Bought my first house (woohoo finally)

May 19, 2013
17,668
7,158
I'd imagine the next row of houses are twice as much because their gardens back onto the water?
 

Wansen

Ufologist Extraordinaire
Jun 4, 2013
937
367
Hawaii, USA
US $211K
UK £135.5K
EU €187.5K

30 year bonds with fixed interest @ 2.5% at price 100 right now
Looks lovely!

That house would be worth at least $350,000 - $400,000 easily in my neighborhood, $1,000,000 - $1,500,000 on Oahu.
 
Jul 17, 2014
1,299
3
What I have learned over the years, sometimes the hard way, is that location really is everything. Everybody advises you it's all about location and anybody buying their first home especially if they are going to live in it for a long time should most definitely take this advice on board.

Decide on what your priorities are and then pick where you want to live.

Living in the country can be really nice especially in the summer but it can be isolated and boring too.
 
Reactions: crash

Duo

Bosomus Maximus
Jun 14, 2012
7,774
4,548
High ground tends to be my family priority, as well as my girlfriend's. Everybody we know who has lived on low ground has experienced flooding at one time or another. Quality of construction means nothing once underwater. The highest ground in my town is also the location of the town trailer park, one of the safest places to live when spring floods and winter weather occurs. It's the first place where sun melts the snow when it accumulates, then it all flows downhill and away from the park with rising temperatures.

My brother has a nice and newly constructed large house next to a river on low ground in a rural area of the adjacent city, just downhill from a neighboring nursing home and assisted living facility. Beautiful place, except for the fact that he needed my hands a few years ago to physically rip off the basement wall to wall carpeting after that river flooded over the banks, in order to prevent his house from being condemned, and his highly allergic daughter from being hospitalized and possibly killed by the resulting mold. (Government zoning being the automatic farce that it is has never defined my brother's residential location as a flood zone, despite the fact it actually has flooded over twice in the last 30 years, the first time before any construction was undertaken there.)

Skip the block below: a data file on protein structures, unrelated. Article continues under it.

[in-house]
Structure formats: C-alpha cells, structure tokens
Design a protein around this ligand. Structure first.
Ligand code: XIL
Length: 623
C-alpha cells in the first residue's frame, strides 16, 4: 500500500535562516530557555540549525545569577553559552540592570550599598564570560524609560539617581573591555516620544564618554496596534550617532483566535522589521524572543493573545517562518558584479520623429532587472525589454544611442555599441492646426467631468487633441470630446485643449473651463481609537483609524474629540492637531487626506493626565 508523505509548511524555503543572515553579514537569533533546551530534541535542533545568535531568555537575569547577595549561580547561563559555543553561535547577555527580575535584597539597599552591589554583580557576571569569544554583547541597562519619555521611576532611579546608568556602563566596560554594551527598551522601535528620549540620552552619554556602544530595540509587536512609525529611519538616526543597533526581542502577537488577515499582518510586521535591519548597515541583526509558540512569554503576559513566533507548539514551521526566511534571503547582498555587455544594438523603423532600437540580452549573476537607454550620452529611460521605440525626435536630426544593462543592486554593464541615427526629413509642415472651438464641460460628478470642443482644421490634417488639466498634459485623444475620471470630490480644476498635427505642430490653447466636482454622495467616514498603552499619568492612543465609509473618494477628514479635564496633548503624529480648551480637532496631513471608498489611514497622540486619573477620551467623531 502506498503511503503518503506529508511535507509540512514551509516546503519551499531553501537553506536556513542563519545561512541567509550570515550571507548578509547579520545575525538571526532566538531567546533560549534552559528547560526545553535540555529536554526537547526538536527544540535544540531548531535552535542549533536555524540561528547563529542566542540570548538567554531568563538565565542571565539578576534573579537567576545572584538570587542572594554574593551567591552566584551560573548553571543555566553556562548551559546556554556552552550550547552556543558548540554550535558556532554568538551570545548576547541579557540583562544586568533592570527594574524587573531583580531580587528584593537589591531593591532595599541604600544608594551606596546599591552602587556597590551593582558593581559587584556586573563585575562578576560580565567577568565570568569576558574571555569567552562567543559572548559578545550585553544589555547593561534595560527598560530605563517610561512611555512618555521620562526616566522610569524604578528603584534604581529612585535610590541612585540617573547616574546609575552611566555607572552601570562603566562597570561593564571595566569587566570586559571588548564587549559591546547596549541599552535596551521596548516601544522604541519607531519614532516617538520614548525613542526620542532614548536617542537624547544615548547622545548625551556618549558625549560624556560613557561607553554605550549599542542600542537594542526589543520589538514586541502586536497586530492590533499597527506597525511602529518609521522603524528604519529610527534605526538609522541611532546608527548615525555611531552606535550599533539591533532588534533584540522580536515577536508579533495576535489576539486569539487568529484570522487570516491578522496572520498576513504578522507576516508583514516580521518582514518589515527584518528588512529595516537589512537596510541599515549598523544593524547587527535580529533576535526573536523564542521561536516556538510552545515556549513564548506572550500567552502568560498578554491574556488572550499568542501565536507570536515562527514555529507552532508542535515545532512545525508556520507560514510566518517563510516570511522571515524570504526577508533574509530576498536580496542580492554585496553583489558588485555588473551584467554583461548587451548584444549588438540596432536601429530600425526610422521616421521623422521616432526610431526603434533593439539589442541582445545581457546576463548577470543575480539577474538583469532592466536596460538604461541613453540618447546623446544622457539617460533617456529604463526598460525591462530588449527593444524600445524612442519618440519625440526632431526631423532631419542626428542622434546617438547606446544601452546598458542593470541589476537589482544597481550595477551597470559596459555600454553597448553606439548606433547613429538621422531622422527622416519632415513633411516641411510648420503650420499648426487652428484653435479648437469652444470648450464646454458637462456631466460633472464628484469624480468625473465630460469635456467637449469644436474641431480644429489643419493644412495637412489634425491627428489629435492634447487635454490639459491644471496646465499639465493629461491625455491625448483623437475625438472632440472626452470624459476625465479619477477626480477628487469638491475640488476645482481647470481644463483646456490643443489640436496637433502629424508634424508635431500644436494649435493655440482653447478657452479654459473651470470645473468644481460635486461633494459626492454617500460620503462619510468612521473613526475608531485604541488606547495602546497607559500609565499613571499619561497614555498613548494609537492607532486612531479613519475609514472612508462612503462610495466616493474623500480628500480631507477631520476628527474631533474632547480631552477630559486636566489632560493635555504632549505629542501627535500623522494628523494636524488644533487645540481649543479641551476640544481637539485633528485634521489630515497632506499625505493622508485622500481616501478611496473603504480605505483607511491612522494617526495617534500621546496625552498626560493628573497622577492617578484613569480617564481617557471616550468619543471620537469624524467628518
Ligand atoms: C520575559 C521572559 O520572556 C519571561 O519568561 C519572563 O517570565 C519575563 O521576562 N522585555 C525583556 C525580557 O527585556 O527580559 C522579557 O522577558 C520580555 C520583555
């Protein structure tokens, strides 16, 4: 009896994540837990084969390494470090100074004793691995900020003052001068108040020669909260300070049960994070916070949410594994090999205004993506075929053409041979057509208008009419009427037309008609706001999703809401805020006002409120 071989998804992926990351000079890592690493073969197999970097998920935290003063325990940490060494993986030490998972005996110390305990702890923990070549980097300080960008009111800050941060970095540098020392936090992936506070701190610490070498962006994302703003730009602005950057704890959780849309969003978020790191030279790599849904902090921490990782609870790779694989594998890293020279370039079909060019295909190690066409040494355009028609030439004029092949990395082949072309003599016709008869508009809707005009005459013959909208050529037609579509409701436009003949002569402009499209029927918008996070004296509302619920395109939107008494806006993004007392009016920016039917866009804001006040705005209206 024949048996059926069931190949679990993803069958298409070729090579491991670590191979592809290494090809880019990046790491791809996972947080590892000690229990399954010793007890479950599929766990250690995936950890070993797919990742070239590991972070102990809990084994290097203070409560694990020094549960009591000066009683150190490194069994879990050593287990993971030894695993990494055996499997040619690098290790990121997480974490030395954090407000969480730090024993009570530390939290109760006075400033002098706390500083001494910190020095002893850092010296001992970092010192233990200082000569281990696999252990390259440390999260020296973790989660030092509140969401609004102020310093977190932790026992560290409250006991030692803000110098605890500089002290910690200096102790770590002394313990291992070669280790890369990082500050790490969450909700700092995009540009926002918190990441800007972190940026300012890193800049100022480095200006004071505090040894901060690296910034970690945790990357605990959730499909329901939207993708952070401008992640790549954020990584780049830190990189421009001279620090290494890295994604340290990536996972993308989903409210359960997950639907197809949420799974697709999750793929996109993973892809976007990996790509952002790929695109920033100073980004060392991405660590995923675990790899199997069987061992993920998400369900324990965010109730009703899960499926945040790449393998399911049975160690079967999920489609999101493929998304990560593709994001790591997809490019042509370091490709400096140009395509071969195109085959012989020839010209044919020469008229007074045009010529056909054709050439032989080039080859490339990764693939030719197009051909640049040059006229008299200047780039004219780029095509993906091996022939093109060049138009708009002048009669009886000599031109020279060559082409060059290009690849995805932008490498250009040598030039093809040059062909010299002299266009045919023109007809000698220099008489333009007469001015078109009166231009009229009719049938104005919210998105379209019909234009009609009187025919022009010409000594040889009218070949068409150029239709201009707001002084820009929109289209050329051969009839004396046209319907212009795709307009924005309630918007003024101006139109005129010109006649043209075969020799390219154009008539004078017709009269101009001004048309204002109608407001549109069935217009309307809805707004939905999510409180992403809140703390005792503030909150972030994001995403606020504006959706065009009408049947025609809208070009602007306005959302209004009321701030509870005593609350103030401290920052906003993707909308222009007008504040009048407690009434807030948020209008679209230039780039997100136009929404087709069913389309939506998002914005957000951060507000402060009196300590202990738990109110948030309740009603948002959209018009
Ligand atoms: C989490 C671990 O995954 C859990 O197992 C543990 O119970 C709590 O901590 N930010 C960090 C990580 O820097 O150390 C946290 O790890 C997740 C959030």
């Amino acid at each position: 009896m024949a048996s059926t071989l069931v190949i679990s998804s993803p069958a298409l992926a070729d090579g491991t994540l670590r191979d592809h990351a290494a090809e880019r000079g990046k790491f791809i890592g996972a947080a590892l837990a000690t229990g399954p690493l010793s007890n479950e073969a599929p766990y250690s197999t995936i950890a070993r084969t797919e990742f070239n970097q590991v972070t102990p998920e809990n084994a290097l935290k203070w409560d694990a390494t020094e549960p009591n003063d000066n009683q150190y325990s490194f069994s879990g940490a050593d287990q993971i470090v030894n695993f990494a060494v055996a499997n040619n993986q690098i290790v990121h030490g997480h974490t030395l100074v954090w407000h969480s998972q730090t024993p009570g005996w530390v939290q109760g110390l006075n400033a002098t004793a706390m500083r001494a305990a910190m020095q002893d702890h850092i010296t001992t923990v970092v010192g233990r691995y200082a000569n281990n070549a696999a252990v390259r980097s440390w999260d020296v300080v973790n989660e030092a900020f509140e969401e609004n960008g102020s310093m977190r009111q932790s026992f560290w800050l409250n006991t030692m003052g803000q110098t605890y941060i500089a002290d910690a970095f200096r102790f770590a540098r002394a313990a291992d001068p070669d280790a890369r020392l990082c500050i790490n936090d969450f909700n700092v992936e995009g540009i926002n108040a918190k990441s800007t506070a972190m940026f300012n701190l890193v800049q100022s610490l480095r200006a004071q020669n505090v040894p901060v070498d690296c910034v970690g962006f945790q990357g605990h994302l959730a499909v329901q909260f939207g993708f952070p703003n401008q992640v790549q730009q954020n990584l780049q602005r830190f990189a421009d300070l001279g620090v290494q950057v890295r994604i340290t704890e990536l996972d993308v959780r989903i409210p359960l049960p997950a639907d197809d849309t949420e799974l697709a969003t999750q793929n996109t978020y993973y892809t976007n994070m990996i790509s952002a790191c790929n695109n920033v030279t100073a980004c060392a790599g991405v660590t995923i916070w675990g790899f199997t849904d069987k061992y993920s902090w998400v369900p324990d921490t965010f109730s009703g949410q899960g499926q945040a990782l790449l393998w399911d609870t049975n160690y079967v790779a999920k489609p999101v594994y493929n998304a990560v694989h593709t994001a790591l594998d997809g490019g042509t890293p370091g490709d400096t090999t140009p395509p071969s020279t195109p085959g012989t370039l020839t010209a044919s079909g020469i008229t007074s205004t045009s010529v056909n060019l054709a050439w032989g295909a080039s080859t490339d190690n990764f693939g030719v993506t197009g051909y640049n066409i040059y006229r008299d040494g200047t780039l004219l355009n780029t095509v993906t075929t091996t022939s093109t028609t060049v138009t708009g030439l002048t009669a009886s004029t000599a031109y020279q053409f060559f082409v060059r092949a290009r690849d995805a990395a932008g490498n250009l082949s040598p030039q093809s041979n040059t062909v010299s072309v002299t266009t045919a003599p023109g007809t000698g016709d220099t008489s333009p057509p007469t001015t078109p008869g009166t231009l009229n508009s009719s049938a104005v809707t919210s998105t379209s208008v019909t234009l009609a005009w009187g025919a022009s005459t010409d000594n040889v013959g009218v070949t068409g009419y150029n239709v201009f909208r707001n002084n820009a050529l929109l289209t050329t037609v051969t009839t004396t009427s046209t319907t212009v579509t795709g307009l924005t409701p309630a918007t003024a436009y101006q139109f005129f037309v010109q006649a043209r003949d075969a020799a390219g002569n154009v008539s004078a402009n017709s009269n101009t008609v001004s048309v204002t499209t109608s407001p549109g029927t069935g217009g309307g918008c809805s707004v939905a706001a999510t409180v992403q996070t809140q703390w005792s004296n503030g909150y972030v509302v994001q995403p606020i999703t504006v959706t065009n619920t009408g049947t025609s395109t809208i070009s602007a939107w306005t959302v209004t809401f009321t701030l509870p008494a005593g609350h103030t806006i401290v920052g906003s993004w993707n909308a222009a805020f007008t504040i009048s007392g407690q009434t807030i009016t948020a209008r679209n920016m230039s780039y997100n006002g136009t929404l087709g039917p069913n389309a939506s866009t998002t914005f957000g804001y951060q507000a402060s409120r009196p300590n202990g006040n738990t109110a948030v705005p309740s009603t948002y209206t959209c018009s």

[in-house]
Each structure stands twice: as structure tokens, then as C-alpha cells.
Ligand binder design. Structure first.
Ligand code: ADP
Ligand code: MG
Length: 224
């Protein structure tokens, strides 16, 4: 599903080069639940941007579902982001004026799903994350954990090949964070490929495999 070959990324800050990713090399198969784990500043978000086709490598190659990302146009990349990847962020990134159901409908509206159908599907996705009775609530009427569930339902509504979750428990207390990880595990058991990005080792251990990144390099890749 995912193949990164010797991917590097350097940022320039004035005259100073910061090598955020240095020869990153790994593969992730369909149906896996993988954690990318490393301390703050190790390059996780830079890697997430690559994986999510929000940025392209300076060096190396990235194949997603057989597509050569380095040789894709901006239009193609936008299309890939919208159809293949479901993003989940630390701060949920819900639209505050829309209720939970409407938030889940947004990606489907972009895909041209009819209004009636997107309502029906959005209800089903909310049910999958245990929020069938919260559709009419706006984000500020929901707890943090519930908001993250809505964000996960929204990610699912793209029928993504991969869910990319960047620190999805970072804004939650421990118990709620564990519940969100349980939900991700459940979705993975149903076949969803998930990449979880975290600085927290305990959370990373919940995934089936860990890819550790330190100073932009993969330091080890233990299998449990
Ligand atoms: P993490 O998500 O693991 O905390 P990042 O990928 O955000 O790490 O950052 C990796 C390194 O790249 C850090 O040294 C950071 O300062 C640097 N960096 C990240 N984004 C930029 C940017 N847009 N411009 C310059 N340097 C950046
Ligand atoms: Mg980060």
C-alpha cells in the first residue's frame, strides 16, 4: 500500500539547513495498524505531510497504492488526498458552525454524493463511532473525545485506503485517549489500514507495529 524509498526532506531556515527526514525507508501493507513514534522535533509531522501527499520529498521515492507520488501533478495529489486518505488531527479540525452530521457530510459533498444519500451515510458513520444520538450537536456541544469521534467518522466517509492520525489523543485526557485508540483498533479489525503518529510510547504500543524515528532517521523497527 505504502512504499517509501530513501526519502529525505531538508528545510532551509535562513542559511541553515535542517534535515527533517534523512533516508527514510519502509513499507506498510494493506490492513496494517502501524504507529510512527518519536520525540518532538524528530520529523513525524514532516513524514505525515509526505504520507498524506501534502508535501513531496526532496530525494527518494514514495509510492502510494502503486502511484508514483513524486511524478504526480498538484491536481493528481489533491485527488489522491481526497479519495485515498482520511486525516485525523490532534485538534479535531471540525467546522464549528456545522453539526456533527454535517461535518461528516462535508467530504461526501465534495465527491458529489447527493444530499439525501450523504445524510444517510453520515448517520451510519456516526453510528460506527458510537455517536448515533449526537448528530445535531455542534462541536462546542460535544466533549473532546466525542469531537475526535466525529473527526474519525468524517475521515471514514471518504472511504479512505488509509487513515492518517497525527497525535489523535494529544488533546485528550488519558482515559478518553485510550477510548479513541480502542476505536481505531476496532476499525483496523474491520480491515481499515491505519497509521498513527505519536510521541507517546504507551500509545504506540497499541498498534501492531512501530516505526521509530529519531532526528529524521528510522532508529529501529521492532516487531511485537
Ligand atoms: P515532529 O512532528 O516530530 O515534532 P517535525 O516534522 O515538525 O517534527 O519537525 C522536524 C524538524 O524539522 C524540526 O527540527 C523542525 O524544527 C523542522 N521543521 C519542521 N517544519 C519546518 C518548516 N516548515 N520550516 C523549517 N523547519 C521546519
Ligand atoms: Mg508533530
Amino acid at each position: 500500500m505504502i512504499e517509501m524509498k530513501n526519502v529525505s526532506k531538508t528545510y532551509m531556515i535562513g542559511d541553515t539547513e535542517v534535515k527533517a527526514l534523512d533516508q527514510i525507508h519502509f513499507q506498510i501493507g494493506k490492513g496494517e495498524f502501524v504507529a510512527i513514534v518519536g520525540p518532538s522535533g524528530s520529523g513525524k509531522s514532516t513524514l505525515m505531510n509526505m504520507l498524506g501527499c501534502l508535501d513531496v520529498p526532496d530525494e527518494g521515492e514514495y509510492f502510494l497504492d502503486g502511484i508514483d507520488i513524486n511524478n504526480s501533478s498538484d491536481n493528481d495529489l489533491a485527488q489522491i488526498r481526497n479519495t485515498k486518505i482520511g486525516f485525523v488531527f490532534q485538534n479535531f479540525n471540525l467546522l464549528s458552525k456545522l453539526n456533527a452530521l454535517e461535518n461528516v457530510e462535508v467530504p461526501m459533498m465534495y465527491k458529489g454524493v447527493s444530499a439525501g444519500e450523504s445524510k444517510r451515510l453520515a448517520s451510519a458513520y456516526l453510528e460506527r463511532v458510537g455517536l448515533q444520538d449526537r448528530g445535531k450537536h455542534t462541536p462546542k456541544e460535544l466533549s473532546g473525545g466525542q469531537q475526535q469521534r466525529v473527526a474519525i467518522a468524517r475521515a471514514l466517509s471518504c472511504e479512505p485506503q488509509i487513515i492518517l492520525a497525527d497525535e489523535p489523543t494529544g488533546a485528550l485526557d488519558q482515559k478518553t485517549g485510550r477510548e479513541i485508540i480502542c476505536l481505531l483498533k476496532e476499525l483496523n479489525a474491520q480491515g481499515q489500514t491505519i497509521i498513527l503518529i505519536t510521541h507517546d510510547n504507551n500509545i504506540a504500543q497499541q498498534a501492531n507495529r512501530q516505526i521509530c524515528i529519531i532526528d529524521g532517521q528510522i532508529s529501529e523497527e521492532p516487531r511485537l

Given a choice between an old trailer on sheltered high ground, or a new mansion on exposed low ground, I'll take the secure housing which won't leave me in need of a homeless facility overseen by red tape bureaucracy.
 
Jun 12, 2012
8,369
5,305
Denmark
Yeah, that's one of the issues I'm aware of. I ran some of the climate tools online and the water level needs to rise more than 1.89 meters before any ocean water could theoretically reach the house which would be a pretty rare event on that coast (Northern Funen out towards Kattegat). I also checked the old air photos of the area and found no signs flooding which is usually easy to spot on farmland. Gonna have my master bricklayer check for old moisture damage. But yeah I need to have a proper contingency plan for a worst case scenario.

 
So I had my mason friend out taking a look at the house and he said "Bulldozer". Good news is that I can probably get the house for 30-35% less than the asking price which should more than cover the cost having a demolition company take down the buildings. Still very much undecided though.

Found an old picture of the farm from 1955 in the public records online

amazing prices over there...especially when you consider something like this in london is:

£800k
$1.1 million
e1.015 million

http://gorillacool.com/10-foot-wide-house-goes-on-sale/

I know it's London so you pay a premium, but even elsewhere you wouldnt get anything like that at that price.